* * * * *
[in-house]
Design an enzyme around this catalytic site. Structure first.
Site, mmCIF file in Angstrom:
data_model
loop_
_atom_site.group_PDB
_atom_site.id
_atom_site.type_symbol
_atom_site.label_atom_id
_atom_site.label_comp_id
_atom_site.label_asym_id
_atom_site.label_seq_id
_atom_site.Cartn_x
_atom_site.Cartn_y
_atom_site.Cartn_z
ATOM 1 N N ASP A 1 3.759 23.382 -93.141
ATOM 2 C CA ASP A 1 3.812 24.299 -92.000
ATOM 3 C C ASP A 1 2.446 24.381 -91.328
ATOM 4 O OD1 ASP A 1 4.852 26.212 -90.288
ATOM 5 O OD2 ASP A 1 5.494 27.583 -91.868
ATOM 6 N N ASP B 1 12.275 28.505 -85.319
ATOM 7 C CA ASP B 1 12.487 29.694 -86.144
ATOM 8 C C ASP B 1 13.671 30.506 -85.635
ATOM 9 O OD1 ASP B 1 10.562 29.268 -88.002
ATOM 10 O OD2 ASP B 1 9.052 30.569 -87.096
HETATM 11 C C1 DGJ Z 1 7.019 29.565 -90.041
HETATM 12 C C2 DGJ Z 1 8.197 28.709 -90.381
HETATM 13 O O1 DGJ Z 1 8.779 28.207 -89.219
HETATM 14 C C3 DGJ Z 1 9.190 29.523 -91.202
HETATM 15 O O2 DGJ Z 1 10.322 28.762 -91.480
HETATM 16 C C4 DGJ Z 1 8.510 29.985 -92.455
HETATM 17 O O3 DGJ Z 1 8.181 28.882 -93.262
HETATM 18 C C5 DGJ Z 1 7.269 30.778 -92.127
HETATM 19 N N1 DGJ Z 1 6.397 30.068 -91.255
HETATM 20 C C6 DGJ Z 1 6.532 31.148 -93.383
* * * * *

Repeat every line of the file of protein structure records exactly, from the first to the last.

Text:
[in-house]
Design an enzyme around this catalytic site. Structure first.
Site, mmCIF file in Angstrom:
data_model
loop_
_atom_site.group_PDB
_atom_site.id
_atom_site.type_symbol
_atom_site.label_atom_id
_atom_site.label_comp_id
_atom_site.label_asym_id
_atom_site.label_seq_id
_atom_site.Cartn_x
_atom_site.Cartn_y
_atom_site.Cartn_z
ATOM 1 N N ASP A 1 3.759 23.382 -93.141
ATOM 2 C CA ASP A 1 3.812 24.299 -92.000
ATOM 3 C C ASP A 1 2.446 24.381 -91.328
ATOM 4 O OD1 ASP A 1 4.852 26.212 -90.288
ATOM 5 O OD2 ASP A 1 5.494 27.583 -91.868
ATOM 6 N N ASP B 1 12.275 28.505 -85.319
ATOM 7 C CA ASP B 1 12.487 29.694 -86.144
ATOM 8 C C ASP B 1 13.671 30.506 -85.635
ATOM 9 O OD1 ASP B 1 10.562 29.268 -88.002
ATOM 10 O OD2 ASP B 1 9.052 30.569 -87.096
HETATM 11 C C1 DGJ Z 1 7.019 29.565 -90.041
HETATM 12 C C2 DGJ Z 1 8.197 28.709 -90.381
HETATM 13 O O1 DGJ Z 1 8.779 28.207 -89.219
HETATM 14 C C3 DGJ Z 1 9.190 29.523 -91.202
HETATM 15 O O2 DGJ Z 1 10.322 28.762 -91.480
HETATM 16 C C4 DGJ Z 1 8.510 29.985 -92.455
HETATM 17 O O3 DGJ Z 1 8.181 28.882 -93.262
HETATM 18 C C5 DGJ Z 1 7.269 30.778 -92.127
HETATM 19 N N1 DGJ Z 1 6.397 30.068 -91.255
HETATM 20 C C6 DGJ Z 1 6.532 31.148 -93.383